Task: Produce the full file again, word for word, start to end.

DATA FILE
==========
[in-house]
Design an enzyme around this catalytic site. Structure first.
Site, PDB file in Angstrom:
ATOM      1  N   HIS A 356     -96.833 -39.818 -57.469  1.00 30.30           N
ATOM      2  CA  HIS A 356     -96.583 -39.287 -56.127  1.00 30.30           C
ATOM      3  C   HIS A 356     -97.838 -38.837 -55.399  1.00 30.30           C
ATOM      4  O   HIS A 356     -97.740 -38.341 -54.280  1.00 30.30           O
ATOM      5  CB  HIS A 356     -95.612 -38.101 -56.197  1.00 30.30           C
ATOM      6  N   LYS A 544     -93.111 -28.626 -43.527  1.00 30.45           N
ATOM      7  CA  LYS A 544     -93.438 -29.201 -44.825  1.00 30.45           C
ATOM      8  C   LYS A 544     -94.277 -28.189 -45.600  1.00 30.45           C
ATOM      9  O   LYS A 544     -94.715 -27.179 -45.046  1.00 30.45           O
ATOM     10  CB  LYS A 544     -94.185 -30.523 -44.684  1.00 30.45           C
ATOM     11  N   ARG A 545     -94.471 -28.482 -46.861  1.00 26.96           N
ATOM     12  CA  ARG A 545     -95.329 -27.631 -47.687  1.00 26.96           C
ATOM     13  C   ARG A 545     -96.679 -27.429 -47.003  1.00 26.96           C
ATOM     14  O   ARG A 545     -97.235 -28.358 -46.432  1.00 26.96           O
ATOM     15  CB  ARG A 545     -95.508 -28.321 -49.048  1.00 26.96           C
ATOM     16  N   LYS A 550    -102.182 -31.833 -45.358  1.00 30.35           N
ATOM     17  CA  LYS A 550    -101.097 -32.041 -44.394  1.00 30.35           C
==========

[in-house]
Design an enzyme around this catalytic site. Structure first.
Site, PDB file in Angstrom:
ATOM      1  N   HIS A 356     -96.833 -39.818 -57.469  1.00 30.30           N
ATOM      2  CA  HIS A 356     -96.583 -39.287 -56.127  1.00 30.30           C
ATOM      3  C   HIS A 356     -97.838 -38.837 -55.399  1.00 30.30           C
ATOM      4  O   HIS A 356     -97.740 -38.341 -54.280  1.00 30.30           O
ATOM      5  CB  HIS A 356     -95.612 -38.101 -56.197  1.00 30.30           C
ATOM      6  N   LYS A 544     -93.111 -28.626 -43.527  1.00 30.45           N
ATOM      7  CA  LYS A 544     -93.438 -29.201 -44.825  1.00 30.45           C
ATOM      8  C   LYS A 544     -94.277 -28.189 -45.600  1.00 30.45           C
ATOM      9  O   LYS A 544     -94.715 -27.179 -45.046  1.00 30.45           O
ATOM     10  CB  LYS A 544     -94.185 -30.523 -44.684  1.00 30.45           C
ATOM     11  N   ARG A 545     -94.471 -28.482 -46.861  1.00 26.96           N
ATOM     12  CA  ARG A 545     -95.329 -27.631 -47.687  1.00 26.96           C
ATOM     13  C   ARG A 545     -96.679 -27.429 -47.003  1.00 26.96           C
ATOM     14  O   ARG A 545     -97.235 -28.358 -46.432  1.00 26.96           O
ATOM     15  CB  ARG A 545     -95.508 -28.321 -49.048  1.00 26.96           C
ATOM     16  N   LYS A 550    -102.182 -31.833 -45.358  1.00 30.35           N
ATOM     17  CA  LYS A 550    -101.097 -32.041 -44.394  1.00 30.35           C